A hotch potch

Venice. © P. J. Croft 2008, 2023

Aaah, the tail end of summer, and it’s cloudy outside but still warm enough to have the aircon on. It looked a bit like rain earlier, but no such luck. Damn, more fine weather. ~:(

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This is crazy, and almost immoral. The Reserve Bank (Australia’s central bank) has raised interest rates for the last ten months in a row, from a low of 0,1% in 2010 to 3.6% now. They’re doing this to try to kill inflation by reducing demand. That is, if people don’t have the money to buy goods, then the demand will fall and the prices must either stay steady or fall. That’s the theory.

The effect is that home loan interest rates charged by the banks have risen sharply. When the Reserve Bank rate was 0,1%, the banks were encouraged to make as many housing loans as they could. This was supposed to lift the economy by increasing demand for building services and materials.

What’s more, the governor of the Reserve Bank said a couple of times that he didn’t expect the prime rate to rise before around 2024. The result was that people rushed the banks to take out mortgages at this bargain rate, with the expectation that they would have at least three years to get established.

But now they are being crushed by this sudden rise in the rate. People took out huge mortgages (as they have to be able to afford a house in Sydney and Melbourne) but now, relatively suddenly, they’re finding their repayments have risen to alarming levels. Many people are finding they can’t make the payments.

I don’t have any qualifications in economics but I think this stinks. The effect is to remove money from the economy, sure, and hence reduce demand, but the money is just flowing to the banks in the form of higher loan repayments. The banks are laughing all the way to the bank, so to speak. They are reaping bumper profits.

This is immoral. With the aim of reducing inflation, the Reserve Bank is severely hurting ordinary wage earners, to the extent that many, many people are finding they can’t afford the basics such as school expenses, sport costs, transport and even food. Pleas to charities have risen dramatically.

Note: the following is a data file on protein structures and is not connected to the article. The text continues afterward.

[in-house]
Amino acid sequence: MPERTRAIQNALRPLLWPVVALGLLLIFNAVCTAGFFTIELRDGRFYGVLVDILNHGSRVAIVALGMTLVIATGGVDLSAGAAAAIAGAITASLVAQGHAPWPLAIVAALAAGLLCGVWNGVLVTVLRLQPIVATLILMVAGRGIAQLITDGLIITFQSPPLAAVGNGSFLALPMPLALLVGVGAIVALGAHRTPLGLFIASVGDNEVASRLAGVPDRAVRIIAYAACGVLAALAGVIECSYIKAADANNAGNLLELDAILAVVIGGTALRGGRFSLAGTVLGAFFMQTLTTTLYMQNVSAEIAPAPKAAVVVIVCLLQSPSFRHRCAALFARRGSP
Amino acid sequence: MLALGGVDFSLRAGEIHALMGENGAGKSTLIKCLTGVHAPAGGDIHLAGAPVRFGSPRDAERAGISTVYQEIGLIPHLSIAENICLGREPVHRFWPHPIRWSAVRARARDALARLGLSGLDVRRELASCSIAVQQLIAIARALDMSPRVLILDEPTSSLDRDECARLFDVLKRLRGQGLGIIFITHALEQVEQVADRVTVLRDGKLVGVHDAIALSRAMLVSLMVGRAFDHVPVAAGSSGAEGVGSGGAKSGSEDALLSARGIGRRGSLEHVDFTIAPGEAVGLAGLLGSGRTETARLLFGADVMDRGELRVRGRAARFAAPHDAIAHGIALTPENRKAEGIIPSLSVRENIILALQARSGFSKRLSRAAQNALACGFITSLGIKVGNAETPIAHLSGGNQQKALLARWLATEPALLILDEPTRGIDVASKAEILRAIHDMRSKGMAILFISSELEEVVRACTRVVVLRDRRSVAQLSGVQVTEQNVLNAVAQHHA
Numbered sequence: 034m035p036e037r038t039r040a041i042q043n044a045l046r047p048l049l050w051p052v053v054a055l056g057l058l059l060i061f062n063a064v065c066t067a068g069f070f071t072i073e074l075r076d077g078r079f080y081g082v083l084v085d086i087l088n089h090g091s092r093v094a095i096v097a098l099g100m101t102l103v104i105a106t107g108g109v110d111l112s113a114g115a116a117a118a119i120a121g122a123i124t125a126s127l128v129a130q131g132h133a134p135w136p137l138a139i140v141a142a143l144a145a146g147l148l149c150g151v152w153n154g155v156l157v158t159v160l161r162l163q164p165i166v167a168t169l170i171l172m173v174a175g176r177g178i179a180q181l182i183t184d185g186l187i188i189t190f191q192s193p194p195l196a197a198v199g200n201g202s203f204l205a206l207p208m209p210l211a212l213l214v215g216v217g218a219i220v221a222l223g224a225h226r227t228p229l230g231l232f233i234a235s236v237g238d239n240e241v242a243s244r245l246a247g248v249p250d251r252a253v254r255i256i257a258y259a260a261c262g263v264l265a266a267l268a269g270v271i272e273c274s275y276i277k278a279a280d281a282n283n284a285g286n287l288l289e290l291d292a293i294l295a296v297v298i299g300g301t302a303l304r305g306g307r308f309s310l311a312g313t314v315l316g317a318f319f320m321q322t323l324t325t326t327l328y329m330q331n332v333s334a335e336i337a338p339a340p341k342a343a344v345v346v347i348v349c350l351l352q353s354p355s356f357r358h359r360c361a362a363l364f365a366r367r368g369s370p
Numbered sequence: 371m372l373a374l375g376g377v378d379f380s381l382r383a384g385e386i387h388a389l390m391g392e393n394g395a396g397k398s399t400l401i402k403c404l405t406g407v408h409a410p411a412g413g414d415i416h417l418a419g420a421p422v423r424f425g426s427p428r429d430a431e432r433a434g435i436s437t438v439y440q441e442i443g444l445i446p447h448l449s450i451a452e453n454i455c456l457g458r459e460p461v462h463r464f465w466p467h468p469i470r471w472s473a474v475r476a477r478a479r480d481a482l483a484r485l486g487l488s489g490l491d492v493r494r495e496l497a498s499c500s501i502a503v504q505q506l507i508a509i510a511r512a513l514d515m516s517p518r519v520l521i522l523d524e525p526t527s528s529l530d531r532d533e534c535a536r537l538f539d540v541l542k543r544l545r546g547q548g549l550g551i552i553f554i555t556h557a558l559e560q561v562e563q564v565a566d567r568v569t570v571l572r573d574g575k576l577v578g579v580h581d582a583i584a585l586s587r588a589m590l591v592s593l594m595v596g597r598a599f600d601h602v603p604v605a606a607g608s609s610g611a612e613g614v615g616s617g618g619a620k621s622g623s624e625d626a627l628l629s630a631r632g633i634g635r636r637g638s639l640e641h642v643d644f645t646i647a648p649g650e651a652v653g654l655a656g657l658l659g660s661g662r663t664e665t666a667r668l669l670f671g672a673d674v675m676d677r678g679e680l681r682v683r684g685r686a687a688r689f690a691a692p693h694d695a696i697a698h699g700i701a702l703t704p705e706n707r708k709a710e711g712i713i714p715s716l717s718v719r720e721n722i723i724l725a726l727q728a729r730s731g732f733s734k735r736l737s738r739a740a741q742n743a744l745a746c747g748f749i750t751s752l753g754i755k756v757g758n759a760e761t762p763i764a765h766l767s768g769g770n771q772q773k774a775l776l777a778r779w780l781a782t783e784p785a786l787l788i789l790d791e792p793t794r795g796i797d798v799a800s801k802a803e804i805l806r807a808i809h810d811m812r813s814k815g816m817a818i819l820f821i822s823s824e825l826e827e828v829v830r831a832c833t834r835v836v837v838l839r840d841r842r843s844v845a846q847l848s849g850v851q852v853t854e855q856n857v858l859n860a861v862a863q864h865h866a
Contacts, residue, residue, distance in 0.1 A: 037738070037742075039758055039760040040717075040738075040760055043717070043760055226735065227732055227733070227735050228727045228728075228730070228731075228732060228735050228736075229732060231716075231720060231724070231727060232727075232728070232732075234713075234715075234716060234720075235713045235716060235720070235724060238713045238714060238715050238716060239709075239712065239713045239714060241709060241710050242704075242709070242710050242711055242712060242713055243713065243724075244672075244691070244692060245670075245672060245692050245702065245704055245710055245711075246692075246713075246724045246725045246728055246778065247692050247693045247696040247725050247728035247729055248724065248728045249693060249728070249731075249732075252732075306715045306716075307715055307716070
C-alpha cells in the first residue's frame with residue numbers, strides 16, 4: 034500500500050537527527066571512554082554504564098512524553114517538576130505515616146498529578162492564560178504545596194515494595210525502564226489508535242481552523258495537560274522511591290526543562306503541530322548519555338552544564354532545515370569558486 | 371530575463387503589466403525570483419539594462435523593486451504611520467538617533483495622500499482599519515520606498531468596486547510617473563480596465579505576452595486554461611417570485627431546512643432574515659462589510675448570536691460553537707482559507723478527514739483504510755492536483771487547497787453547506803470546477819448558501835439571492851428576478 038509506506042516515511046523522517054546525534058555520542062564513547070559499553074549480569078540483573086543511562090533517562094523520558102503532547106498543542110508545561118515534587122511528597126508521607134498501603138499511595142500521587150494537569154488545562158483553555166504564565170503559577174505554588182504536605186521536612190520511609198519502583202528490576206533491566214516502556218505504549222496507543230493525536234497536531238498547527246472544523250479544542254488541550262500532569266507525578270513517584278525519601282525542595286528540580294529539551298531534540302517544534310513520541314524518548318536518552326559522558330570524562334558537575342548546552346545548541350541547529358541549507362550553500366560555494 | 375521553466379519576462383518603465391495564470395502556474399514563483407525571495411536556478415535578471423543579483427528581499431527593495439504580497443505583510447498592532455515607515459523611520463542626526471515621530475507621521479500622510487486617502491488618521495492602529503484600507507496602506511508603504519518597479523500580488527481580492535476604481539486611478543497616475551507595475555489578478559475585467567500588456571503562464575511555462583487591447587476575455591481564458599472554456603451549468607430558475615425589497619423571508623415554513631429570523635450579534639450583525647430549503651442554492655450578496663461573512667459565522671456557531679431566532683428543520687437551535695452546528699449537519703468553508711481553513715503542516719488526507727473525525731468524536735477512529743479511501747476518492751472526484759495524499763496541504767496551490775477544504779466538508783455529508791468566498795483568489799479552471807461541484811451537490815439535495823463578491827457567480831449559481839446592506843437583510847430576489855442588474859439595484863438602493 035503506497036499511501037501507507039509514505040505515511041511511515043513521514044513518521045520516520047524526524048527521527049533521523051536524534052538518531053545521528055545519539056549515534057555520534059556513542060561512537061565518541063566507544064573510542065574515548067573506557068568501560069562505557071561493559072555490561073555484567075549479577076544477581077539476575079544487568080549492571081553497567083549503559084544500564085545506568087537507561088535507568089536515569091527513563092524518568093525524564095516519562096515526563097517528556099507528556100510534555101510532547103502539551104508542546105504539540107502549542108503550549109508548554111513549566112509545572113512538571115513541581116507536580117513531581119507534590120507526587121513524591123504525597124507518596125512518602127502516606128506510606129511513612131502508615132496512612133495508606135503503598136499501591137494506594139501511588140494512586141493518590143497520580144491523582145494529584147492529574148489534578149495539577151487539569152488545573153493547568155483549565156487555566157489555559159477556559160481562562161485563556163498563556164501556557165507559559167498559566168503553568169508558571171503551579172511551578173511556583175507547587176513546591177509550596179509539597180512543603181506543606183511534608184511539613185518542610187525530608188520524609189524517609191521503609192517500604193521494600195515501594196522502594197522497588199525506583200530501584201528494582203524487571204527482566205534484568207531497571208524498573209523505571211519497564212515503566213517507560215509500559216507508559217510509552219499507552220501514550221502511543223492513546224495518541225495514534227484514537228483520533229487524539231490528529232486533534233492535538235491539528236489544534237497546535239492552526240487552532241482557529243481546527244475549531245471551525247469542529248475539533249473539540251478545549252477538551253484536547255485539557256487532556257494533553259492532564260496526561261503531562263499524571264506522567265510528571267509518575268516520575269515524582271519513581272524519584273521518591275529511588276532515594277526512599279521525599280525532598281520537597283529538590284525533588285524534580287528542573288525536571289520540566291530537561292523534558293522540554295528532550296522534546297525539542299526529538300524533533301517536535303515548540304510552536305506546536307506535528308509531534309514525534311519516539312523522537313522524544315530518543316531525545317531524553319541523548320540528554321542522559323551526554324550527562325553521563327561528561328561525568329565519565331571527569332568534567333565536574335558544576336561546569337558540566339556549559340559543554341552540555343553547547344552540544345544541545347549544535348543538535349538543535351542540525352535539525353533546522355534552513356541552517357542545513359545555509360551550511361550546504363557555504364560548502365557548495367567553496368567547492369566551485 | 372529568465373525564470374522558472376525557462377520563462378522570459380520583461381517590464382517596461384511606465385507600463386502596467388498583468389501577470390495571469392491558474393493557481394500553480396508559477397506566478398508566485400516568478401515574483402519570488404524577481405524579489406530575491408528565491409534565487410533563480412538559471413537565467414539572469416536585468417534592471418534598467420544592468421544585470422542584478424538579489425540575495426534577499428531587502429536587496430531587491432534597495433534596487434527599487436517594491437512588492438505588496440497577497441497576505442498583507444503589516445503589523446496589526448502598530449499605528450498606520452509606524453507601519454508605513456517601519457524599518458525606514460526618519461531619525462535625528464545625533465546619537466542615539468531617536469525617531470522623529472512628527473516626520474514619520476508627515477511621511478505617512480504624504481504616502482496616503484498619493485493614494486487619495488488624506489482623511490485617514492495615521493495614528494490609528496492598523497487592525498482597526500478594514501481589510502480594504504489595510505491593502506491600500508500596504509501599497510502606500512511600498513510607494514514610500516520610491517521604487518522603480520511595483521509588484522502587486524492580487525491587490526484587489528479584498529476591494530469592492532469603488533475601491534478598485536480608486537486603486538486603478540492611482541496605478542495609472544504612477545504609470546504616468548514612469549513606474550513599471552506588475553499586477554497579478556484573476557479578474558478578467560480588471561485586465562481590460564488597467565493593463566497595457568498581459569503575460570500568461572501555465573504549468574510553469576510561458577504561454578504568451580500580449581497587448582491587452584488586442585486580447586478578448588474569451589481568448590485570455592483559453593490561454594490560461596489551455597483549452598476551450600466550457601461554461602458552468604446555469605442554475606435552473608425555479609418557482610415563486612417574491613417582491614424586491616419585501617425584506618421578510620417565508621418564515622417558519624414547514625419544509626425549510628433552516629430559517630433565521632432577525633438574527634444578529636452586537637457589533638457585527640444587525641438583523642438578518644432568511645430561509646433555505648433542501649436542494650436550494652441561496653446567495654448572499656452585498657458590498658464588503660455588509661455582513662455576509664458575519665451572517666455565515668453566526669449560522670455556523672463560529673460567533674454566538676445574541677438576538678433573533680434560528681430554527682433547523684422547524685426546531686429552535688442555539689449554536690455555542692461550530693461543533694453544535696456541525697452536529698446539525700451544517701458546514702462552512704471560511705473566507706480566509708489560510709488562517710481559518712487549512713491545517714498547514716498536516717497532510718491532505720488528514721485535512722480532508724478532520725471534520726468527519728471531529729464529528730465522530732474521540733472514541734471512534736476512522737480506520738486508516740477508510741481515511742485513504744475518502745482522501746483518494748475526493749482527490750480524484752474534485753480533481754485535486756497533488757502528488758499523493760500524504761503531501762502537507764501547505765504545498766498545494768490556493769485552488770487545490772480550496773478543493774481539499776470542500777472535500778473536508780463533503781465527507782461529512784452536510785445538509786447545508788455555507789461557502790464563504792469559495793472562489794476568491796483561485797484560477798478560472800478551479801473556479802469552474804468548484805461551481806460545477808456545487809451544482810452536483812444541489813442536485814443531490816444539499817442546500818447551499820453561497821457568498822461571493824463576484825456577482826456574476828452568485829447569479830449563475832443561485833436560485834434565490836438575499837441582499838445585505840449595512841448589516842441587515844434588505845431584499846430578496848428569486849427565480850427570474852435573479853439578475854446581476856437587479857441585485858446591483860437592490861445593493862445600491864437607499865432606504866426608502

Yet the rise in interest rates has no effect at all on wealthy people, even increasing their wealth by rising deposit rates and investment returns. The reserve Bank’s policies are regressive, hurting the lowest income people yet helping the highest income people.

A solution to this was in an article last week. If the Bank wants to remove money from the economy to reduce demand, instead of funnelling it to the banks, why not introduce a temporary method where are certain percentage of people’s income is diverted to a government regulated savings account. This would be quarantined until some time in the future when the funds “saved” would be released to the individual, to be withdrawn and used. It would be similar to superannuation, just with different rules about withdrawal.

This would reduce demand in the same way as now, but stop the money flowing to the banks as windfall profits.

And there’s the answer: the banks and other wealthy institutions have tremendous power to persuade governments to do what they want, not what’s good for the customer. Such common sense would never get off the ground. Phut!

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That’s interesting. I named this post with a phrase I use sometimes, hotch potch, meaning a mixture, and looked it up in Etymonline.com (as I very frequently do). They don’t recognise hotch potch but this is what they say:

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Anyway, I was going through my Downloads folder just now and thought I’d do a post showing the hotch potch of things I’ve kept in the past few months and years.

First, I came across a website that shows all the undersea data cables around the world. Wow!

Our part of the world of data cables. Look at Singapore! They are becoming one of the richest, most highly developed tech countries in the world.
The big social media companies even have their own cables!

Next, a nice picture:

London, Hyde Park and Green Park.

A computer Central Processing Unit (CPU). All those pins are connections to the silicon wafer embedded under the small blocks in the middle. The overall dimensions are about 50x50mm, but the silicon wafer with all the billion transistors or more that do the job is about 10mm square.

More later.

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It’s nearly 5.30pm, when I move to the meals area table to watch Hard Quiz on the ABC. I’m a bit addicted to this program and as far as I know, I’ve watched every Wednesday night episode. Yet most of these early (before the news) daily episodes are new to me. How come? Have I seen them and forgotten them? Anyway. I enjoy this show.

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I’ve been testing my model locomotives on a 12V battery last night, and here’s a couple with their skin off:

This is a Kato model. I bought the decoder and substituted it for the simple one the loco came with. You can see how complex it is, with all those seven integrated circuits.
Side view of the above Kato loco.

This is another bought loco with DCC decoder already fitted.

Nearly ready to start laying track. Lucky I live alone — my dining table is covered edge to edge with train stuff, magazines, books, electronic parts, tools, you name it. I just push a bit aside to make room for my dinner plate. Hah!

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